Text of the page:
Car News

Survey Shows Young Canadian Aspiring Drivers Have Strong Opinions About Electric and Autonomous Vehicles

A recently-published survey of more than 20,000 Canadians suggests that a majority of young people looking to start driving don't want an electric car and are concerned about the safety of riding in a self-driving car.

The data was collected by Elegant E-Learning (EE) through an online survey of visitors to driver education websites it operates; in Canada, nearly three-quarters of respondents were Millenials -- which EE identified as those aged 13 through 35 -- and a third of Canadians who took the survey identified themselves as teenagers.

What EE found was that six of 10 Canadians surveyed said they would not consider buying an electric car over an equivalent gasoline-powered vehicle. At face value, this seems to suggest the world's automakers may wish to tread cautiously as they devote millions of R&D dollars to electric propulsion, but the survey doesn't get into respondents' reasons for their choices, though we suspect the typical EV's limited driving range (relative to gas models) and a lack of charging infrastructure as the main ones.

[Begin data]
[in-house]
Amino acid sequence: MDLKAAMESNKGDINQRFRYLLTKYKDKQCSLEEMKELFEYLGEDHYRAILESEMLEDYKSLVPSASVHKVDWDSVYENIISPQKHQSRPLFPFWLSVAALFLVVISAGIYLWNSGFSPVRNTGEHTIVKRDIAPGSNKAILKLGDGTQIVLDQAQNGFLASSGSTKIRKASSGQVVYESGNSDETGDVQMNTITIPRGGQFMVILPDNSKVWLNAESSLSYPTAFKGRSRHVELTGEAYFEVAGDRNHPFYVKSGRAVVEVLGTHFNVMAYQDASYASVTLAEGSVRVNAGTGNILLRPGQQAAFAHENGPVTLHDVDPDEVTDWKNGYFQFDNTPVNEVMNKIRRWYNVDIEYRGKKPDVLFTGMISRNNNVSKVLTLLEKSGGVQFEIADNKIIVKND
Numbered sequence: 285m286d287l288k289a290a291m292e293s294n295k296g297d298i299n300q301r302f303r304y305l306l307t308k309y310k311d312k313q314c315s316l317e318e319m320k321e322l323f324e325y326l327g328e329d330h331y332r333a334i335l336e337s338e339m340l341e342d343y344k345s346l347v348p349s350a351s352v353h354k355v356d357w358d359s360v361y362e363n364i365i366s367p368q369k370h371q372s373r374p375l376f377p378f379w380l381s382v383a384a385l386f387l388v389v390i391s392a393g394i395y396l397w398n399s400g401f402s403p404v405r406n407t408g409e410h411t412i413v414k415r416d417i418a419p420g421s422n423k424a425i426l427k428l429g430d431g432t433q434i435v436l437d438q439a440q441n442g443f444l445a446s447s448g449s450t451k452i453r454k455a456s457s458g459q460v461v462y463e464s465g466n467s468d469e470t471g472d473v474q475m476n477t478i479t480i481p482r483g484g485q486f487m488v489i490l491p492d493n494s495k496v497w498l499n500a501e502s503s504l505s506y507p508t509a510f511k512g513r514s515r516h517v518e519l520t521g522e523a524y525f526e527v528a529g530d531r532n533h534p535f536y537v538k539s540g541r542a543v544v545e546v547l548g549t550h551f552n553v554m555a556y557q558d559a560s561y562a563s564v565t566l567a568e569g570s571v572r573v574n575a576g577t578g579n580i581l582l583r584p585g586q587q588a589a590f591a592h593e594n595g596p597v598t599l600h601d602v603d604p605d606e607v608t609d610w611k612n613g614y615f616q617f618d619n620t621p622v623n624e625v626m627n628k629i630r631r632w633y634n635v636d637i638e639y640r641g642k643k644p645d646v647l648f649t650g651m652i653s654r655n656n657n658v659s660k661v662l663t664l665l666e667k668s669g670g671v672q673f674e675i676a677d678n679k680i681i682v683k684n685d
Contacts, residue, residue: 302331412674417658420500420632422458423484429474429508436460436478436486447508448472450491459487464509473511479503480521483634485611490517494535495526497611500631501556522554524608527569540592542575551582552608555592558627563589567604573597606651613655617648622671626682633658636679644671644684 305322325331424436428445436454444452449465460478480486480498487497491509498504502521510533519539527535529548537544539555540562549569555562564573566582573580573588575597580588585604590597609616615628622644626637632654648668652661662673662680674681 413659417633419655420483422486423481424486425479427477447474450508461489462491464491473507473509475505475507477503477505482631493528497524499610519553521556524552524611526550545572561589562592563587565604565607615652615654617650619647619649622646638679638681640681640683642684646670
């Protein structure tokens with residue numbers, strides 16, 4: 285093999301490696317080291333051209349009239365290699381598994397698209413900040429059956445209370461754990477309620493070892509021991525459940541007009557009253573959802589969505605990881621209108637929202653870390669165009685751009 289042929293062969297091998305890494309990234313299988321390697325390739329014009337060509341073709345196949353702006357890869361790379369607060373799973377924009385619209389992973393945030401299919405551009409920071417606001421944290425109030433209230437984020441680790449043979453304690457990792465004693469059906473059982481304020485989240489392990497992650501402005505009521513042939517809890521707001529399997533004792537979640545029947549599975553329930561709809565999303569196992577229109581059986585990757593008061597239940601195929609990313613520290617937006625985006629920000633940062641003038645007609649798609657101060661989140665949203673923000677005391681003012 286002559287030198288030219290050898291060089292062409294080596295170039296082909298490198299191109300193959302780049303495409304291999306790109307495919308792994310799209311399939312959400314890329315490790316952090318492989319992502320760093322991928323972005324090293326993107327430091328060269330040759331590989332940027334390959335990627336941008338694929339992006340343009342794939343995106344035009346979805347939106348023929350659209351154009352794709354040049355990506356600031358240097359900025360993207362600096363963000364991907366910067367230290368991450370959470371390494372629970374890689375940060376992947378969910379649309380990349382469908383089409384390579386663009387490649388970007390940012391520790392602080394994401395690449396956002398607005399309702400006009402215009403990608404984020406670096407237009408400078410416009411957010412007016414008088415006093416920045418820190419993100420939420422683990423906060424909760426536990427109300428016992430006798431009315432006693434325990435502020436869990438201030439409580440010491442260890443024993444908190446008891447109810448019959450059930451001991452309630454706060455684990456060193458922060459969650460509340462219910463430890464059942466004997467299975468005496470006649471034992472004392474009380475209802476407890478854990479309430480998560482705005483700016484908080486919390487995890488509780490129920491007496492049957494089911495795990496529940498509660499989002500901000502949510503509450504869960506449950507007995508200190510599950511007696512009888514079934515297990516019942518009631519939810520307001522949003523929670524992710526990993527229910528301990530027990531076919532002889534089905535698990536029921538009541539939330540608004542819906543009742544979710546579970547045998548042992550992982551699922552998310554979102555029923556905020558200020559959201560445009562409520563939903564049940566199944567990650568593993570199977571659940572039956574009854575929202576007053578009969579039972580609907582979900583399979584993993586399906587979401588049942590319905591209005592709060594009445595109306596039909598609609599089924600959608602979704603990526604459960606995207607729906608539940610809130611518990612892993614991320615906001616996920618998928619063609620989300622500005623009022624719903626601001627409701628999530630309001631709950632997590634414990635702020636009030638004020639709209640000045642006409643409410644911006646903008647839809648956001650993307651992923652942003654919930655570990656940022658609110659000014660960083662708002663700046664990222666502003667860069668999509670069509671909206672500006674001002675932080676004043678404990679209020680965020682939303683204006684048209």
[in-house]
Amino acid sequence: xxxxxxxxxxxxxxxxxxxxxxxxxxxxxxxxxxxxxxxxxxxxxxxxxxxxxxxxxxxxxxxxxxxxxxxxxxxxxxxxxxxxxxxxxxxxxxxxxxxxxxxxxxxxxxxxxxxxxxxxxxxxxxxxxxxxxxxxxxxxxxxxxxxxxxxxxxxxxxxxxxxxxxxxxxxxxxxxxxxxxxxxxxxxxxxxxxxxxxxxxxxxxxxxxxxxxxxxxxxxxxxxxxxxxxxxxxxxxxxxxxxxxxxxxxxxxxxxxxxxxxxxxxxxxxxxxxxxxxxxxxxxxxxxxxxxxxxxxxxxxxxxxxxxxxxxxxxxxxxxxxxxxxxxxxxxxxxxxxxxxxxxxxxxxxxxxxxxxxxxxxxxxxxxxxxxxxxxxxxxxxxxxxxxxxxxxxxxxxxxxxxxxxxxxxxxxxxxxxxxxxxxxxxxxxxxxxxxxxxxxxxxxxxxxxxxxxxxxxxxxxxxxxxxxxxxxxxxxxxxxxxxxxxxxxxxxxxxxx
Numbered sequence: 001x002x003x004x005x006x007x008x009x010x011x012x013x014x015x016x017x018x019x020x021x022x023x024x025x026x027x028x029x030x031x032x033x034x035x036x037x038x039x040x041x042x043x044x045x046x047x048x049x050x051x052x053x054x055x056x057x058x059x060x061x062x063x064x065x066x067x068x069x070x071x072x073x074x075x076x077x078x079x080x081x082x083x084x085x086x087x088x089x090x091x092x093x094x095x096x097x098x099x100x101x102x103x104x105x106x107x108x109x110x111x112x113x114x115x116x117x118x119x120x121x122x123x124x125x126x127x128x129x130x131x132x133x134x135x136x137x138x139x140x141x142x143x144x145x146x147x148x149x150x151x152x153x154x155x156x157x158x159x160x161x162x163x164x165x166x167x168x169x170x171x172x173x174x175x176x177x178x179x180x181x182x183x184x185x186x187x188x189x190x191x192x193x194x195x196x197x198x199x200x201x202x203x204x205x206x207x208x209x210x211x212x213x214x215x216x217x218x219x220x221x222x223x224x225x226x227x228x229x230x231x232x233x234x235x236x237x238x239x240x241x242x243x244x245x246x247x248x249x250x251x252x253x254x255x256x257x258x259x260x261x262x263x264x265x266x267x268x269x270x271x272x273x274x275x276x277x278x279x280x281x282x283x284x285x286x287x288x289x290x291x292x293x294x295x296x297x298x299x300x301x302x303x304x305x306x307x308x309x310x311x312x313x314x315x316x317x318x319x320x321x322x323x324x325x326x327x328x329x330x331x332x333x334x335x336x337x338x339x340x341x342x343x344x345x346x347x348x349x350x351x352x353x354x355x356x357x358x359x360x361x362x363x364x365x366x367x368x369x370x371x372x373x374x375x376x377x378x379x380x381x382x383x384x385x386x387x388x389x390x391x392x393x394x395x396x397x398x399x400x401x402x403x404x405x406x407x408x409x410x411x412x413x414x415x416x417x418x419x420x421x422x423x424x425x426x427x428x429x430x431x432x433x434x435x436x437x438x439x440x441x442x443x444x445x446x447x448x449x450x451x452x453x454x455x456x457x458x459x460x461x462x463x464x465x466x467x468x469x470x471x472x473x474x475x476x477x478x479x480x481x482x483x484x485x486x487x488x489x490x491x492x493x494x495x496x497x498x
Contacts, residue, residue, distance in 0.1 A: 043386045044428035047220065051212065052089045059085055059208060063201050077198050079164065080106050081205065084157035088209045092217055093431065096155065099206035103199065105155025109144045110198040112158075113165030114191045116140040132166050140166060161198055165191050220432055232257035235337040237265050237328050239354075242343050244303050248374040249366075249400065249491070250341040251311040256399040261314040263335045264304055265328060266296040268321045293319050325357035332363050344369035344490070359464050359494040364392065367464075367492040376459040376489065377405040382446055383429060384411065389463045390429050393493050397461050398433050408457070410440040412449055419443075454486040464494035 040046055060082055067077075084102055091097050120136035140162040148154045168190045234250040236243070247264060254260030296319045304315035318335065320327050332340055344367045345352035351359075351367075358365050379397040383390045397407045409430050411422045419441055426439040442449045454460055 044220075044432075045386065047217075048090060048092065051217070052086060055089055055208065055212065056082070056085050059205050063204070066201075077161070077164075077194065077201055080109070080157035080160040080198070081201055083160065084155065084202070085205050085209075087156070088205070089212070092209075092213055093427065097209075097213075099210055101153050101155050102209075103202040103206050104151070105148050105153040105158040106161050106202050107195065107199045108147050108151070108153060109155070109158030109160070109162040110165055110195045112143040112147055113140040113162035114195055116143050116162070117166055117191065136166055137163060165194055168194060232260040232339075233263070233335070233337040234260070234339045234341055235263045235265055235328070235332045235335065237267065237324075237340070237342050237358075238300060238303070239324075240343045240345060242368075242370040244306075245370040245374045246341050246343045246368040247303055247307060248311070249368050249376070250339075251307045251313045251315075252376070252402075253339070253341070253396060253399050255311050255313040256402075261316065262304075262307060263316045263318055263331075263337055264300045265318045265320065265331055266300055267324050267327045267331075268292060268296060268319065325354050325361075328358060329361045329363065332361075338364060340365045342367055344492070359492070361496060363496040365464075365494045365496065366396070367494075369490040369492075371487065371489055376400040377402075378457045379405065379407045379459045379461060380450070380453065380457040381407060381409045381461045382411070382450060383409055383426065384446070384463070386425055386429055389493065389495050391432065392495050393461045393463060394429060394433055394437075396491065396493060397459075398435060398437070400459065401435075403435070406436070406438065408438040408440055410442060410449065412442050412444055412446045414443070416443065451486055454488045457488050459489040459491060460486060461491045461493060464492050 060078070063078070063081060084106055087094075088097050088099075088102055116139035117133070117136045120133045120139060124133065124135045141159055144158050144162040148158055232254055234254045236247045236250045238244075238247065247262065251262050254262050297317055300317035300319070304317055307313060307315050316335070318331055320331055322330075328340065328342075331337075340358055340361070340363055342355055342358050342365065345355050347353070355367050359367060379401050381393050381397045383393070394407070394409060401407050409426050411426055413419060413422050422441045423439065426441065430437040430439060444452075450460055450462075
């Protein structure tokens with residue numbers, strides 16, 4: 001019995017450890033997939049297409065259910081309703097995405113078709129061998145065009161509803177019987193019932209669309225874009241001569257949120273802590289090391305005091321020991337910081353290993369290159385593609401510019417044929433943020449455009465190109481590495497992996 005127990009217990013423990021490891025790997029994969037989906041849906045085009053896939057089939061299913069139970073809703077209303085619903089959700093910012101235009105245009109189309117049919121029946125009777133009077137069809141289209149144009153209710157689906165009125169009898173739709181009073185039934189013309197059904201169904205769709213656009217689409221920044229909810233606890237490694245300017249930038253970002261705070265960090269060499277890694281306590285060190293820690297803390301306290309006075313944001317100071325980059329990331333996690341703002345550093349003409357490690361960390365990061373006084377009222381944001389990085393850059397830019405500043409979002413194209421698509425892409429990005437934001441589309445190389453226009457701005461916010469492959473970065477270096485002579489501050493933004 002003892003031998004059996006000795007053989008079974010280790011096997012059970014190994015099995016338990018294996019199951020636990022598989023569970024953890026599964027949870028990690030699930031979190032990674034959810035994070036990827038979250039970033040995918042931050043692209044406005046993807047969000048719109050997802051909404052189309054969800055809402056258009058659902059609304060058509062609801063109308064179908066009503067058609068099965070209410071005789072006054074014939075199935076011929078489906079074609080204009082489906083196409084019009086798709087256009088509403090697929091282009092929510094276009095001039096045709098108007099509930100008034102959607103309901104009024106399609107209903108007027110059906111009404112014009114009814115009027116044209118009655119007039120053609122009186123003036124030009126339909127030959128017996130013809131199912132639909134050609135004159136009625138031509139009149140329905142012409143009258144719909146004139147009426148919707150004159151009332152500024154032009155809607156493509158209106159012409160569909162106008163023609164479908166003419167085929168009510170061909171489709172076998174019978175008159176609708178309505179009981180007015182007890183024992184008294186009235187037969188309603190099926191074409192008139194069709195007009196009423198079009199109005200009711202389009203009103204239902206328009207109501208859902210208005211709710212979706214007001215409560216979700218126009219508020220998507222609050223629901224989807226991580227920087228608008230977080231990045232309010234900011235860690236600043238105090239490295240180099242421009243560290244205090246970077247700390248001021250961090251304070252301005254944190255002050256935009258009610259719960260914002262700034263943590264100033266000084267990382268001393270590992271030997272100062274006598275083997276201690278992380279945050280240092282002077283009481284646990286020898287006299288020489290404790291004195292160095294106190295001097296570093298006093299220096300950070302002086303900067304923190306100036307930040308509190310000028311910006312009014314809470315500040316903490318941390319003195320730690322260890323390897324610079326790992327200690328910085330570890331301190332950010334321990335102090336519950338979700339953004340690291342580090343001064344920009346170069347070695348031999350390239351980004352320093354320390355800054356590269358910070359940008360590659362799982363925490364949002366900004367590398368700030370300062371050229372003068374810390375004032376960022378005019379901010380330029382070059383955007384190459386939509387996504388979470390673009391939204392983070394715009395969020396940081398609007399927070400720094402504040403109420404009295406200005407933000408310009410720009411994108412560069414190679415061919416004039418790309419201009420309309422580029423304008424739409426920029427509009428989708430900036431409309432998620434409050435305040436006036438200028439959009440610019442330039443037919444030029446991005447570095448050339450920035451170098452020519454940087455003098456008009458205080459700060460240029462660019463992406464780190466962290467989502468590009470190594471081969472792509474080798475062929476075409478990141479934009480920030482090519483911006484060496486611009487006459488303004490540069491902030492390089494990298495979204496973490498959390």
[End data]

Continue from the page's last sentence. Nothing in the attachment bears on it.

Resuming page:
The survey then moved on to autonomous vehicles, with a question that asked respondents to rate, on a scale of zero to 10, how concerned they would be for their safety when riding in a self-driving vehicle. Here, 30 per cent said they would be "very" or "extremely" concerned, meaning they answered with a nine or 10.

Then EE wanted to know whether people thought the benefits of self-driving cars outweighed the risks and costs associated with them, again, on a scale of zero to 10. In Canada, fewer than half thought that was the case.

Finally, the survey asked which car manufacturer -- Tesla, Toyota, Honda, Chevrolet, Ford or "other" -- would sell the most electric and automated vehicles in the coming 10 years. Well over a quarter of respondents chose Tesla, with Toyota coming in second and Honda third. EE says BMW, Dodge and Mercedes-Benz were the most common "other" choices in Canada.

EE noted an average margin of error of 0.7 per cent in its Canadian survey results.